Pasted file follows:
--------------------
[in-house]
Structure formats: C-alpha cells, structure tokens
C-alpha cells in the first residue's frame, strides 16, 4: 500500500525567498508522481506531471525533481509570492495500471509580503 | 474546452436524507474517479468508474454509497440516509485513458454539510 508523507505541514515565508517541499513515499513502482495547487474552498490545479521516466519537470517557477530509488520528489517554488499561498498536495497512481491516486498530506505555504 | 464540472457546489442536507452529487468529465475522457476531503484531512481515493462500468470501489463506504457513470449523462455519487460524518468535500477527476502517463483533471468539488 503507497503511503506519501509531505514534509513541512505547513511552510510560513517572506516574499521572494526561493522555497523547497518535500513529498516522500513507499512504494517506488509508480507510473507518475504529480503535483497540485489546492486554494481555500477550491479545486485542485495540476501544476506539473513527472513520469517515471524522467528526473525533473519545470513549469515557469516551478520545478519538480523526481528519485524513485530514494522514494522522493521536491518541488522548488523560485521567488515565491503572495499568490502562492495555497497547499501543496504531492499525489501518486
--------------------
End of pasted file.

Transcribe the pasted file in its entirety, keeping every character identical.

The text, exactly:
[in-house]
Structure formats: C-alpha cells, structure tokens
C-alpha cells in the first residue's frame, strides 16, 4: 500500500525567498508522481506531471525533481509570492495500471509580503 | 474546452436524507474517479468508474454509497440516509485513458454539510 508523507505541514515565508517541499513515499513502482495547487474552498490545479521516466519537470517557477530509488520528489517554488499561498498536495497512481491516486498530506505555504 | 464540472457546489442536507452529487468529465475522457476531503484531512481515493462500468470501489463506504457513470449523462455519487460524518468535500477527476502517463483533471468539488 503507497503511503506519501509531505514534509513541512505547513511552510510560513517572506516574499521572494526561493522555497523547497518535500513529498516522500513507499512504494517506488509508480507510473507518475504529480503535483497540485489546492486554494481555500477550491479545486485542485495540476501544476506539473513527472513520469517515471524522467528526473525533473519545470513549469515557469516551478520545478519538480523526481528519485524513485530514494522514494522522493521536491518541488522548488523560485521567488515565491503572495499568490502562492495555497497547499501543496504531492499525489501518486